The action begins at dawn. Unlike in the Sophocle's Antigone, Antigone has already committed the crime, though the play, perhaps relying on the spectator's memory of the Sophocles's version, keeps this revelation in suspense in the first scenes. Anouilh himself commented on the paradoxical nature of this suspense: "What was beautiful and is still beautiful about the time of the Greeks is knowing the end in advance. That is real suspense. As the Chorus notes, in tragedy everything has "already happened." Anouilh's spectator has surrendered, masochistically, to a succession of events it can hardly bear to watch. Suspense here is the time before the realization of those events.

Thus Antigone's death is prefigured in her first words. The first scene involves Antigone and her fussy, aging Nurse. Their touching relationship is one of the more sentimental in the play: note especially Antigone's entrusting her dog, Puff, to the Nurse's care. Like many of Anouilh's heroines, Antigone wanders nowhere in a gray world, a world beyond the postcard universe of the waking. This world is breathless with anticipation: it doubles the stage, set apart from the human world, upon which Antigone's tragedy will ensue. At the same time, this world does not lie in wait for Antigone—she is meant to pass onto another, one beyond the living. Firmly located in her care-taking duties, the Nurse understands none of Antigone's ramblings. Instead, she bluntly asks if Antigone has taken a lover. Though Antigone is the opposite of the coquettish and hyper-feminine Ismene, to the Nurse she is just the same—another young, foolhardy girl like the rest of them. The Nurse does not appreciate what makes Antigone different from other girls.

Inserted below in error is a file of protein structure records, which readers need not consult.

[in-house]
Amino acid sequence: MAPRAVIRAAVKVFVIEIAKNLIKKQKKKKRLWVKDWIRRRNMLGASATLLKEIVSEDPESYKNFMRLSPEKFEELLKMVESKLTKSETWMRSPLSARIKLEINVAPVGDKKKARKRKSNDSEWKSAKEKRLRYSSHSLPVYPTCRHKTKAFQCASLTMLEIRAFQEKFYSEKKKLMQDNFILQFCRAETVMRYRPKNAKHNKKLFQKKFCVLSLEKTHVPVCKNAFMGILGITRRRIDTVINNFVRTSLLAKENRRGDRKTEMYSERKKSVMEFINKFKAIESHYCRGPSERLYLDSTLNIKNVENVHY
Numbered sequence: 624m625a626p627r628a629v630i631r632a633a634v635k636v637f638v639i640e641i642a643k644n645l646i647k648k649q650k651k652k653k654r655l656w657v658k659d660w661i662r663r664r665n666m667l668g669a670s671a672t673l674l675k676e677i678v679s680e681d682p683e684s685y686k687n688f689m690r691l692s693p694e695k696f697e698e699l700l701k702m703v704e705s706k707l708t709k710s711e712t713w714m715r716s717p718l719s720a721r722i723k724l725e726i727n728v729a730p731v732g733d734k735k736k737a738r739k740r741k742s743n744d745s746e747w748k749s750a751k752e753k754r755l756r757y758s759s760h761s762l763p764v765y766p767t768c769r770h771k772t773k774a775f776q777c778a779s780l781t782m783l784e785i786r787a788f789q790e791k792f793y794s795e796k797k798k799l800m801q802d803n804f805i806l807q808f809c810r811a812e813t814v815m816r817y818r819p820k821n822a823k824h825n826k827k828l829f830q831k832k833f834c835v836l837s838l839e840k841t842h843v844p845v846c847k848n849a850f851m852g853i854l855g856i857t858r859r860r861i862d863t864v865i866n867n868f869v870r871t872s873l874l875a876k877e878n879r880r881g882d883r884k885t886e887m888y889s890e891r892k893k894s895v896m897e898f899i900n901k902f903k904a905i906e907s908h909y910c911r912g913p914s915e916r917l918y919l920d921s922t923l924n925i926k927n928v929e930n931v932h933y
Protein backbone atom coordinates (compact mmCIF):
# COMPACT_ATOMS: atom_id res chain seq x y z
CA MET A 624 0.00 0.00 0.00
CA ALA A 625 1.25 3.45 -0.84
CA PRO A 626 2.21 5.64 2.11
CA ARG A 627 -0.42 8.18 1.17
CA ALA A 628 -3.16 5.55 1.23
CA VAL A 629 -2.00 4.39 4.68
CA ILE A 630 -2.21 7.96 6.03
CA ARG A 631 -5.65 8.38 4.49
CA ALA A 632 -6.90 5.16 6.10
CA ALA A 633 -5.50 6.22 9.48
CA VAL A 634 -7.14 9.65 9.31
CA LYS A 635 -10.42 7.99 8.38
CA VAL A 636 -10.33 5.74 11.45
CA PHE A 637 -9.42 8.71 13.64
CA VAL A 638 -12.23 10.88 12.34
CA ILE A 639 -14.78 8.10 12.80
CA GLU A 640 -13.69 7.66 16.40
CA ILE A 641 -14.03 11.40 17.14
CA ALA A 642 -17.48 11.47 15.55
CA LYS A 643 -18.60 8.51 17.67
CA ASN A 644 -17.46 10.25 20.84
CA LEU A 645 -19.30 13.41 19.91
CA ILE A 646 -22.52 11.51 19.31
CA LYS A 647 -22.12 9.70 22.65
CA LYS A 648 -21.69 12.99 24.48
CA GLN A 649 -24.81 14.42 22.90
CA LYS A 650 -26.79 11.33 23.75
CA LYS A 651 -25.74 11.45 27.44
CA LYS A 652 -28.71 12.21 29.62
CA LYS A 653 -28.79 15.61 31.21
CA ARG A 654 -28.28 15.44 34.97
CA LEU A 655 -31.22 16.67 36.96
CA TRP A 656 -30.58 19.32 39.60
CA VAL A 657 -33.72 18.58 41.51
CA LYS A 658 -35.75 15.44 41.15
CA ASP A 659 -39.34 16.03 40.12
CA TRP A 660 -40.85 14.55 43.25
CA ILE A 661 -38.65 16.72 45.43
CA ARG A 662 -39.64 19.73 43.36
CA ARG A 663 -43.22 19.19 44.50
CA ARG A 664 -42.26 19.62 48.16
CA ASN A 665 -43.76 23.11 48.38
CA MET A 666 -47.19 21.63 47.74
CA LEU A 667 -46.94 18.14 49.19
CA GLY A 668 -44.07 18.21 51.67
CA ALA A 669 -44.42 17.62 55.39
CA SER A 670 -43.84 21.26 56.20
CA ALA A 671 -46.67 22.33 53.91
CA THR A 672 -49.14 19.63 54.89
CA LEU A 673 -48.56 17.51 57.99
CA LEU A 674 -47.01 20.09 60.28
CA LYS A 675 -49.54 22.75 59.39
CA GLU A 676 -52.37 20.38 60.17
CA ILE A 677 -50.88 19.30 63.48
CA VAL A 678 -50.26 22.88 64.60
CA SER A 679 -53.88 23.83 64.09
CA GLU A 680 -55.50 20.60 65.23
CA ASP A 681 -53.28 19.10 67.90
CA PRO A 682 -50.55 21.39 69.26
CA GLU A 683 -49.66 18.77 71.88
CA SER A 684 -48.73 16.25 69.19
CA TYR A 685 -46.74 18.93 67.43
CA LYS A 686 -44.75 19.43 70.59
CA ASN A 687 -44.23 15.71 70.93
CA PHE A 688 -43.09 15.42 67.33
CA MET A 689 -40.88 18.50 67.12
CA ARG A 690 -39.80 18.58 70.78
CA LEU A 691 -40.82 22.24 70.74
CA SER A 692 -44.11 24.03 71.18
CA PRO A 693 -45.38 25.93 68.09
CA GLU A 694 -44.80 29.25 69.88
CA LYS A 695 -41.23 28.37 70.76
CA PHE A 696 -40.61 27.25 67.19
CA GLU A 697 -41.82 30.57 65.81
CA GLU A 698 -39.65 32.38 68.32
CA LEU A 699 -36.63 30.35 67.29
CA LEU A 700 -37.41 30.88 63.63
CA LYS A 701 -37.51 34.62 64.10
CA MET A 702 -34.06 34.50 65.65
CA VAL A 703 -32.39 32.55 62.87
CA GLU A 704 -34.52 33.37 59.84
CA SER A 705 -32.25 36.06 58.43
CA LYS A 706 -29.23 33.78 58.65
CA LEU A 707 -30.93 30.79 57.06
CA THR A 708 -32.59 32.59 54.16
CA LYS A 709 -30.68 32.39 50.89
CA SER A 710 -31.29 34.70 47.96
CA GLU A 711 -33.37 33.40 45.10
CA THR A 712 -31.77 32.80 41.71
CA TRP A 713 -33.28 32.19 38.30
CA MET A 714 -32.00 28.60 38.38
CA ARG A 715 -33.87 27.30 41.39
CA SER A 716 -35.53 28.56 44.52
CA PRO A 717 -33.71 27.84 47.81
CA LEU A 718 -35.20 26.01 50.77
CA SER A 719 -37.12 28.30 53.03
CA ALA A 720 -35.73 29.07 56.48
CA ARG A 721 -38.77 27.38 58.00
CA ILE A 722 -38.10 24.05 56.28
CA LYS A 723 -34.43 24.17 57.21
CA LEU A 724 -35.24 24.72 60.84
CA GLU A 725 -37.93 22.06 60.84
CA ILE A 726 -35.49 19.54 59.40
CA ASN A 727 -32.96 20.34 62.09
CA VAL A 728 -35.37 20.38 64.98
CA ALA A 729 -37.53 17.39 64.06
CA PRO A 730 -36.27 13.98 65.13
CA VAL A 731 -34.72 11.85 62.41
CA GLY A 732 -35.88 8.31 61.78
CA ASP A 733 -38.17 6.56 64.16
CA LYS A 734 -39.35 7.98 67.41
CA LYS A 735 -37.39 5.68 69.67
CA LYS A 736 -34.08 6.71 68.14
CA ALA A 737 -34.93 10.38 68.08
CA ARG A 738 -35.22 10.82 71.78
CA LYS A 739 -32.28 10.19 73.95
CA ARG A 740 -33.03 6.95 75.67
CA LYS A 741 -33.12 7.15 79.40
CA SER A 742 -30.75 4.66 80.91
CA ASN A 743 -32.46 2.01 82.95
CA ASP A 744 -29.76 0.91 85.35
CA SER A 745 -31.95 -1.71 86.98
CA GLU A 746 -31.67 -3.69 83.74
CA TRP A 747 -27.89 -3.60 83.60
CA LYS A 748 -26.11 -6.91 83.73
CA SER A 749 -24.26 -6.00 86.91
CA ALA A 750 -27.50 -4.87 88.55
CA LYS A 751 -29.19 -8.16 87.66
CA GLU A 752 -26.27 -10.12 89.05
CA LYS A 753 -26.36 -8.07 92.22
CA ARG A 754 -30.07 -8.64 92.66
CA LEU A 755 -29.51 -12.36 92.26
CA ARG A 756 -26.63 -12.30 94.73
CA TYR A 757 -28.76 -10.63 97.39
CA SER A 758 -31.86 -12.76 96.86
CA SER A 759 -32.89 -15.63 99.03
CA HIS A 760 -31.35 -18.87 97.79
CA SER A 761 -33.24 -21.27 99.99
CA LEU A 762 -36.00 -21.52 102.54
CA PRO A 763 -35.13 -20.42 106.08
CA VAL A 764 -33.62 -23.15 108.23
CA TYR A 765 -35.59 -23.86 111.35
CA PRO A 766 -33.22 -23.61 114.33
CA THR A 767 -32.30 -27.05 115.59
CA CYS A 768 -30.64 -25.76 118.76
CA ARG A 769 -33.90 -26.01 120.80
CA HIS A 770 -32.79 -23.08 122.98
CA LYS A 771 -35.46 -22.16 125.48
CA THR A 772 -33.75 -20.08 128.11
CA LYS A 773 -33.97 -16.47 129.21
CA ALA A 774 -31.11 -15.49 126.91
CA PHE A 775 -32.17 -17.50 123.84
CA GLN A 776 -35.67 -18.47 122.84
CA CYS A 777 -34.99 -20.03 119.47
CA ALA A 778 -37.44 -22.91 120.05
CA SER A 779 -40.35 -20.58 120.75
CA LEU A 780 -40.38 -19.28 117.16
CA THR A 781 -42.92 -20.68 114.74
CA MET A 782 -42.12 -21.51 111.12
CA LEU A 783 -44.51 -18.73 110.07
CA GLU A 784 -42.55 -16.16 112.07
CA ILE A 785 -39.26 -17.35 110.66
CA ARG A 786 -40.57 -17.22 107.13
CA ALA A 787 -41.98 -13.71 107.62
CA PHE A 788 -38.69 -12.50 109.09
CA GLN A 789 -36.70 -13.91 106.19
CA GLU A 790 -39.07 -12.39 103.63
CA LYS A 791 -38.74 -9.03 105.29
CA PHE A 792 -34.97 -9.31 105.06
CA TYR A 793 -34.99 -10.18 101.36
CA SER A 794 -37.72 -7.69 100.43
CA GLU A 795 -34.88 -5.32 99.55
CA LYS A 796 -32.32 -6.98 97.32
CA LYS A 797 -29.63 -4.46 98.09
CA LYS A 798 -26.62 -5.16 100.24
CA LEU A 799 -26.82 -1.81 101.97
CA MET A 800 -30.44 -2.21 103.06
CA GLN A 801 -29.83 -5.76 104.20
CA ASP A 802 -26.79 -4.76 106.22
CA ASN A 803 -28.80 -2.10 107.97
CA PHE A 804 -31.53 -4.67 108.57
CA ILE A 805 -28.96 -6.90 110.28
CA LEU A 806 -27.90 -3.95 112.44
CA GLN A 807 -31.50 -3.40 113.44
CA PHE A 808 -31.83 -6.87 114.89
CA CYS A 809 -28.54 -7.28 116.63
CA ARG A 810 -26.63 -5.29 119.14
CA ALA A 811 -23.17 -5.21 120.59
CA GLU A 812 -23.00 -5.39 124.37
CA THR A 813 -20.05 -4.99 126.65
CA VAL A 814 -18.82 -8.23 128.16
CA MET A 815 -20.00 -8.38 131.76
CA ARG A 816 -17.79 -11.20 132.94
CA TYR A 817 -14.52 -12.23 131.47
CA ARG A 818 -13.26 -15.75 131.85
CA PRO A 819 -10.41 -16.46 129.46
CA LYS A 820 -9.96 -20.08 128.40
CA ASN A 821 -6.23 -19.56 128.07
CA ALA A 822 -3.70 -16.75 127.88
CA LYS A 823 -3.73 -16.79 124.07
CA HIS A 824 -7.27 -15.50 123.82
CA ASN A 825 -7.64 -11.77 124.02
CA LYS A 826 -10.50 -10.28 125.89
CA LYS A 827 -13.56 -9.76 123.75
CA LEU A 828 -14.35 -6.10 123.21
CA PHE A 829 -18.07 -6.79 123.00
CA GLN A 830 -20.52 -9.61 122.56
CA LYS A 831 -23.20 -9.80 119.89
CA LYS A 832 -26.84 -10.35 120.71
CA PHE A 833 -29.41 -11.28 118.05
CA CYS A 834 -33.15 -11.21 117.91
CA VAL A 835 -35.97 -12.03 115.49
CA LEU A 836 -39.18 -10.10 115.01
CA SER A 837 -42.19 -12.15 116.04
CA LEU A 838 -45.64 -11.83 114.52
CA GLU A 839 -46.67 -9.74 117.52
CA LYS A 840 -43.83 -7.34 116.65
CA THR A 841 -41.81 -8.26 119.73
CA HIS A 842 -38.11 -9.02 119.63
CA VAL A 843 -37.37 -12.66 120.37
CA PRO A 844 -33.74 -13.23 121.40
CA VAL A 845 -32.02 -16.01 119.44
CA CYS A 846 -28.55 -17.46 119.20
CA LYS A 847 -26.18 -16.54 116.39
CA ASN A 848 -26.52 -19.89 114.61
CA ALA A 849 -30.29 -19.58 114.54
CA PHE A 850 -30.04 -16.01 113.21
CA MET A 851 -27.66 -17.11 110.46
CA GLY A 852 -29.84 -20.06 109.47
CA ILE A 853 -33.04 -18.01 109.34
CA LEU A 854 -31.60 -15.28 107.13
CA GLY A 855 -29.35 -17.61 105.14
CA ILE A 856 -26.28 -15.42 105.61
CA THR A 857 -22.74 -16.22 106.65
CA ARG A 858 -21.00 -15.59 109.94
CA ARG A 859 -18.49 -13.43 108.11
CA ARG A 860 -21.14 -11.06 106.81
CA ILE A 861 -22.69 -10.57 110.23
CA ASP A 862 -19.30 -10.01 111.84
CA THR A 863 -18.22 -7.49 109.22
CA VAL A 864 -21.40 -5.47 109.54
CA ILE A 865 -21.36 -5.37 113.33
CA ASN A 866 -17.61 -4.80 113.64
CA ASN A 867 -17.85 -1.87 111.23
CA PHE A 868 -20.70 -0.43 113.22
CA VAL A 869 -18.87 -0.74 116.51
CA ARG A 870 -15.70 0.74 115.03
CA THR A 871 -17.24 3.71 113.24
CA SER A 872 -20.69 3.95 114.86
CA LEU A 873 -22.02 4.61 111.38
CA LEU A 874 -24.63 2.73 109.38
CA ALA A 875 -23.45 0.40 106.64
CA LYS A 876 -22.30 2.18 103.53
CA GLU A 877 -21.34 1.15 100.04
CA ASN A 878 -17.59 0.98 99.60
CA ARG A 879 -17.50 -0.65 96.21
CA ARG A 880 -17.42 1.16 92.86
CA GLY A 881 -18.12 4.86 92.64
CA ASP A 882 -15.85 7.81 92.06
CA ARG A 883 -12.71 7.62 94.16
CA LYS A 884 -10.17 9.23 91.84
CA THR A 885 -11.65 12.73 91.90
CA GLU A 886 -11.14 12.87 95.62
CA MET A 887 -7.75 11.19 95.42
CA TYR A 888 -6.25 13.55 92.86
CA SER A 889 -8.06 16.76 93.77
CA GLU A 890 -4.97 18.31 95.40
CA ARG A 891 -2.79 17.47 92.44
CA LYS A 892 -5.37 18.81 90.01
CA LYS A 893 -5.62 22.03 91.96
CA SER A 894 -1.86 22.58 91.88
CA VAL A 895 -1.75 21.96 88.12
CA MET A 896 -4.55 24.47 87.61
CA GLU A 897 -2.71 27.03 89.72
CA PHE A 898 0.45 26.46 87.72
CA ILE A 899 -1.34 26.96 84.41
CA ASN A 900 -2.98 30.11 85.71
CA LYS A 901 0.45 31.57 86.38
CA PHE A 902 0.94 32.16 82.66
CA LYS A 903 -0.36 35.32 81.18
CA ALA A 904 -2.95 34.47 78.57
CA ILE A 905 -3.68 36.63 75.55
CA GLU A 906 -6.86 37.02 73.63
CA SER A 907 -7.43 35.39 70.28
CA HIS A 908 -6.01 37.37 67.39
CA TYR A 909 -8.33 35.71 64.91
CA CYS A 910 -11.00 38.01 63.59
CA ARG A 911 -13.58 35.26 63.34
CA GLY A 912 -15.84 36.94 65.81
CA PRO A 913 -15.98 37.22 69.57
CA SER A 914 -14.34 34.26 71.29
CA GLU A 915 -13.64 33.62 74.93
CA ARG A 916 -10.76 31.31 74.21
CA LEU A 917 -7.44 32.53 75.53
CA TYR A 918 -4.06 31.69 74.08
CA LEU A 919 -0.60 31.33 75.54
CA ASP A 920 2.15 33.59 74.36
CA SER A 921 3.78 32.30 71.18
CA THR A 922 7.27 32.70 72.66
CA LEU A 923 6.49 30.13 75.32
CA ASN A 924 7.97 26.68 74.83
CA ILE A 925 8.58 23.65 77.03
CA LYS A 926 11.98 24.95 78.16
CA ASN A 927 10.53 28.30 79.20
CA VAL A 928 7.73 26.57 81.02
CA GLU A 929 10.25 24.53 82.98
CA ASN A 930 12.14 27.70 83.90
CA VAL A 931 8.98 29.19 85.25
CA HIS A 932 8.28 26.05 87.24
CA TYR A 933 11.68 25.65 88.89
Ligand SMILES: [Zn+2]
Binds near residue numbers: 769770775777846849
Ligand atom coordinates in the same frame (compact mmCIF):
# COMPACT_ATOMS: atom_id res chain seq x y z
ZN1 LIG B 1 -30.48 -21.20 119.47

Notably, Antigone tells the Nurse what she wants to hear—in some sense confirming that she is like the rest—and feigns that she has a paramour. We should weigh this subterfuge carefully. First, as we will discuss later, Antigone has gone out to attempt to become someone's lover, Haemon, having donned her sister's accoutrements to attempt to participate in pleasures that are not meant for her. Second, it is not for nothing that Antigone feigns to have taken a lover after having an illicit visit to her brother's corpse. This feint evokes a familiar trope in the Antigone tradition, that of Antigone's unnatural love for her brother. This love numbers among the desires Antigone refuses to surrender, desires she will follow to the point of death. Though somewhat suppressed in Anouilh's adaptation, this desire haunts the stage nevertheless.